Magazine article New Statesman (1996)

Dawn of the Smart Ages. (Identity Cards)

Magazine article New Statesman (1996)

Dawn of the Smart Ages. (Identity Cards)

Article excerpt

The world is catching on to smart cards as a way of easing the growing tension between security issues and civil liberties. The concept is simple. Resembling a telephone card, the smart card contains computer chips that hold and process huge amounts of data.

In Britain, they are already being successfully used by 43,000 people in a scheme led by Cornwall County Council. The Cornish Citizen Card, as this particular smart card is known, has successfully replaced cards for library membership, fare concessions, council employee identification, school meals and car-parking tickets.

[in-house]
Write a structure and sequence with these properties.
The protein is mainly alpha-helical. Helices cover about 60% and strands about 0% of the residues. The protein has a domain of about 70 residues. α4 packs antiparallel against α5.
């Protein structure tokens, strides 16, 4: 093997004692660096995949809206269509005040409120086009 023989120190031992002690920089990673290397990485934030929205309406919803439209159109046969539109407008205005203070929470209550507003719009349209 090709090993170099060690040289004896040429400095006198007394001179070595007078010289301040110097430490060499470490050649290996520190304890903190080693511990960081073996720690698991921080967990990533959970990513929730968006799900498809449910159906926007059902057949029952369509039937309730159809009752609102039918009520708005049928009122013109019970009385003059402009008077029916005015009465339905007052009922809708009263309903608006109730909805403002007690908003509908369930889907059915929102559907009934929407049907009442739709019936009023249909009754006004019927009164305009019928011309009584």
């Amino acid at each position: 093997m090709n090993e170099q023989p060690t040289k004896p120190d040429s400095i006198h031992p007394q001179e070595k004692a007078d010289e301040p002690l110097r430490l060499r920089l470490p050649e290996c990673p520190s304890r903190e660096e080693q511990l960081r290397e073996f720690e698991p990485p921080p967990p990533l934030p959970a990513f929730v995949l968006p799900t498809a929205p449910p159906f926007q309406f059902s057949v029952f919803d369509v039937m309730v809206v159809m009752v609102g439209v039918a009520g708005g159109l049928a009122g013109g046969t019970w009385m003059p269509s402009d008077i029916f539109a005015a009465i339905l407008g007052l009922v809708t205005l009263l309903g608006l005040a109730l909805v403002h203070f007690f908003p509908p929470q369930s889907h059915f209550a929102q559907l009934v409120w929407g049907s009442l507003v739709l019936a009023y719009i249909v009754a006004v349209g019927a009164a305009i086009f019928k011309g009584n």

But it is the border passage project at Amsterdam's Schiphol airport that is most exciting security specialists. The scheme allows pre-registered passengers to pass through security by scanning their eyes. This biometric security technology identifies the passenger by cross-referencing a real-time eye scan with iris data that has been pre-recorded. To avoid privacy issues, the data is kept on a personal smart card rather than on a computer database.

The project began in 2001 as a service aimed at frequent flyers. It has since grown in scale and, for a fee of [pounds sterling]139, is now open to any resident of the European Union, the European Economic Area and Switzerland. There are currently 7,000 users, but this is set to rise with KLM's forthcoming frequent-flyer deal.

The scheme seems faultless. It is user-friendly (glasses, contact lenses and colour lenses can be worn with-out interfering with the process), and there are no hygiene issues, as identification is contactless. …

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